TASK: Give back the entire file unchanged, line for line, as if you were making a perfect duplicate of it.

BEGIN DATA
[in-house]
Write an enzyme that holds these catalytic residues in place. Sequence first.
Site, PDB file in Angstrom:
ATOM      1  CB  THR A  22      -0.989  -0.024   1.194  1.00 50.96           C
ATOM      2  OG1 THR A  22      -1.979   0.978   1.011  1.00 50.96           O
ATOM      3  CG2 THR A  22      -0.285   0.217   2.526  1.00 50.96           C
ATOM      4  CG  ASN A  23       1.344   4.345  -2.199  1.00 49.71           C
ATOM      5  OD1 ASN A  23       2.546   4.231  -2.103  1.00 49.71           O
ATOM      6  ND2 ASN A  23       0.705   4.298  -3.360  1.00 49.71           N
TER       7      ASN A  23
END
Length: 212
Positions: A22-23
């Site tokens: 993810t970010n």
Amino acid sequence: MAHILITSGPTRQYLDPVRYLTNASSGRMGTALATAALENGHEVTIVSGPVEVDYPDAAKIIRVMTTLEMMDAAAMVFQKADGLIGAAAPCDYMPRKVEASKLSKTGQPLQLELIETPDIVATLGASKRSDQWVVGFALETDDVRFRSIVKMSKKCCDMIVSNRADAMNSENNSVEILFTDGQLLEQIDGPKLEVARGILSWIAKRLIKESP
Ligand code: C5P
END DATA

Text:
[in-house]
Write an enzyme that holds these catalytic residues in place. Sequence first.
Site, PDB file in Angstrom:
ATOM      1  CB  THR A  22      -0.989  -0.024   1.194  1.00 50.96           C
ATOM      2  OG1 THR A  22      -1.979   0.978   1.011  1.00 50.96           O
ATOM      3  CG2 THR A  22      -0.285   0.217   2.526  1.00 50.96           C
ATOM      4  CG  ASN A  23       1.344   4.345  -2.199  1.00 49.71           C
ATOM      5  OD1 ASN A  23       2.546   4.231  -2.103  1.00 49.71           O
ATOM      6  ND2 ASN A  23       0.705   4.298  -3.360  1.00 49.71           N
TER       7      ASN A  23
END
Length: 212
Positions: A22-23
């Site tokens: 993810t970010n």
Amino acid sequence: MAHILITSGPTRQYLDPVRYLTNASSGRMGTALATAALENGHEVTIVSGPVEVDYPDAAKIIRVMTTLEMMDAAAMVFQKADGLIGAAAPCDYMPRKVEASKLSKTGQPLQLELIETPDIVATLGASKRSDQWVVGFALETDDVRFRSIVKMSKKCCDMIVSNRADAMNSENNSVEILFTDGQLLEQIDGPKLEVARGILSWIAKRLIKESP
Ligand code: C5P